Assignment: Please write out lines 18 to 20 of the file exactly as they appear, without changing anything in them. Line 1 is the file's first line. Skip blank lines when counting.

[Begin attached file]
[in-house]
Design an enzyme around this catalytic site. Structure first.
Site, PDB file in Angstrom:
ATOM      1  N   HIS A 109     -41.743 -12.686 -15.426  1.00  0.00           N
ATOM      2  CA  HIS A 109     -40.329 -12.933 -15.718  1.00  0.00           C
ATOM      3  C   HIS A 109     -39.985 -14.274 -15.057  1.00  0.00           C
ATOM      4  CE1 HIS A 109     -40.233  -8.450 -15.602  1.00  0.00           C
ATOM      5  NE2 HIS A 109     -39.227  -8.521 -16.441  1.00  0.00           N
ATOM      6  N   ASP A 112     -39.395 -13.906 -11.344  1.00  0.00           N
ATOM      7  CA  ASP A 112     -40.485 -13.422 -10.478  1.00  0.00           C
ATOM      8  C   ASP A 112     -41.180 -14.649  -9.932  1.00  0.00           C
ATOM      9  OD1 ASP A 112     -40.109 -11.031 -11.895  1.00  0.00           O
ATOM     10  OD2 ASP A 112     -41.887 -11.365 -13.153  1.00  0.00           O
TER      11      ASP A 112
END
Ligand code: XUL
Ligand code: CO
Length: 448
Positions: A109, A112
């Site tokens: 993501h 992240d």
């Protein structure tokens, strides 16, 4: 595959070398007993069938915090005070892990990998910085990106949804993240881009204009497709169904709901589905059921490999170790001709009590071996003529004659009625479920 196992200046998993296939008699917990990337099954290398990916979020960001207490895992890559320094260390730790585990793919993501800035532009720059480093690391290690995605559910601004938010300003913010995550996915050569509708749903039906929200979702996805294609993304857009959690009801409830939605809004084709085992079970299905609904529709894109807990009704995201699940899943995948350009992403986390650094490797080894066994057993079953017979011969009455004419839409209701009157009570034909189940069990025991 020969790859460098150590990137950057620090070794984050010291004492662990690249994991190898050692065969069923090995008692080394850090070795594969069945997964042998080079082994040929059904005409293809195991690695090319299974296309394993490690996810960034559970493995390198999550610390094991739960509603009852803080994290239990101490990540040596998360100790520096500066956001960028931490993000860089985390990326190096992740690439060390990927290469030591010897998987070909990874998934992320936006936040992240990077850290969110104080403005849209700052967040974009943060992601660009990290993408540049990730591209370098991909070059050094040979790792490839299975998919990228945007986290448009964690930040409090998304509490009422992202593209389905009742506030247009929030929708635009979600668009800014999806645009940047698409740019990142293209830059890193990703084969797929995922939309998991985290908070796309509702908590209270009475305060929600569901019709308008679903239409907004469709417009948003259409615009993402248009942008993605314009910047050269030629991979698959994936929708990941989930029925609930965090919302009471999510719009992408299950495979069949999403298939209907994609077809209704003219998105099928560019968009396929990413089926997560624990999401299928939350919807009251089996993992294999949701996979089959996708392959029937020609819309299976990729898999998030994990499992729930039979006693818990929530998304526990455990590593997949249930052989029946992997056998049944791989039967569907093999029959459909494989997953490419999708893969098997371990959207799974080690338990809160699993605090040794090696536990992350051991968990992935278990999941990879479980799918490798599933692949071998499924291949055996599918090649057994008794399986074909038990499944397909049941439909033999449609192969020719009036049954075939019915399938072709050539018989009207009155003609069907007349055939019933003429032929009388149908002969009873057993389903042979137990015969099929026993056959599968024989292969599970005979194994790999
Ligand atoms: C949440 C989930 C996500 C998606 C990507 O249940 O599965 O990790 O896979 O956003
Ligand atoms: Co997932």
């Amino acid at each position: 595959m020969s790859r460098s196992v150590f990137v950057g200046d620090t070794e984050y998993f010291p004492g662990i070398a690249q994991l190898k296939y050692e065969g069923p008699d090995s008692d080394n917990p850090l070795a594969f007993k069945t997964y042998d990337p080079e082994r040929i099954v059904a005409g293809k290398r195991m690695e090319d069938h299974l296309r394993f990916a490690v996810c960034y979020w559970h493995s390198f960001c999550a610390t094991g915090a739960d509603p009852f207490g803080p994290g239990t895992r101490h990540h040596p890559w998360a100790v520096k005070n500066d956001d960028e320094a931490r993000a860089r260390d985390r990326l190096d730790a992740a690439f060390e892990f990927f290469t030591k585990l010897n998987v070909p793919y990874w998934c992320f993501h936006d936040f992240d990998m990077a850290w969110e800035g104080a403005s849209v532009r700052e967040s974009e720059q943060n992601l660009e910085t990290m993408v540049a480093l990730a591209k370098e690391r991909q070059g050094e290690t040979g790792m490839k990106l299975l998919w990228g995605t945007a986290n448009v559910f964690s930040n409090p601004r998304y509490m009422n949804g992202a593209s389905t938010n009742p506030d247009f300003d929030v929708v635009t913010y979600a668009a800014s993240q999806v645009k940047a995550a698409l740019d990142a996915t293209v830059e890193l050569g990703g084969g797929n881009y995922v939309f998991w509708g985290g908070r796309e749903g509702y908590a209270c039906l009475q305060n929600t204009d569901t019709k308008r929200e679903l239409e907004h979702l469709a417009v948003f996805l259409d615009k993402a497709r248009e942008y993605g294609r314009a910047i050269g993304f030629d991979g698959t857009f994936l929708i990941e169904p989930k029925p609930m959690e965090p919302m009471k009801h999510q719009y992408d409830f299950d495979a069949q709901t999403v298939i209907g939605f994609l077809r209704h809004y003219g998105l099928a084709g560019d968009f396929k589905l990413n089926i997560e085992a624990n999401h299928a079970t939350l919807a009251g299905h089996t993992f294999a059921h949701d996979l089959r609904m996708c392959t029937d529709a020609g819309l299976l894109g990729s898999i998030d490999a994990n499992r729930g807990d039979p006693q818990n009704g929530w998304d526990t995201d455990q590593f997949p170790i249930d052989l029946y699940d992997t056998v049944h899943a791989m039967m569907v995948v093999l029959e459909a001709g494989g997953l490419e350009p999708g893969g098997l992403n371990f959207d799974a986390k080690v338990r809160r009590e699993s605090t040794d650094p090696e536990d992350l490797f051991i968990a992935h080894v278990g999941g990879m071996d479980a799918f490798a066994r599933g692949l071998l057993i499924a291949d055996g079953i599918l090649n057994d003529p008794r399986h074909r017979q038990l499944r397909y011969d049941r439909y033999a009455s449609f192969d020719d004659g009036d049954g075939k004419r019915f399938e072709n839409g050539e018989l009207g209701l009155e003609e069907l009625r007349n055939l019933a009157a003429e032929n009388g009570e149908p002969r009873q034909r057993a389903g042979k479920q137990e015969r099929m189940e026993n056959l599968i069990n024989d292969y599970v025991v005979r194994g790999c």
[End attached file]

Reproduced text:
Length: 448
Positions: A109, A112
């Site tokens: 993501h 992240d």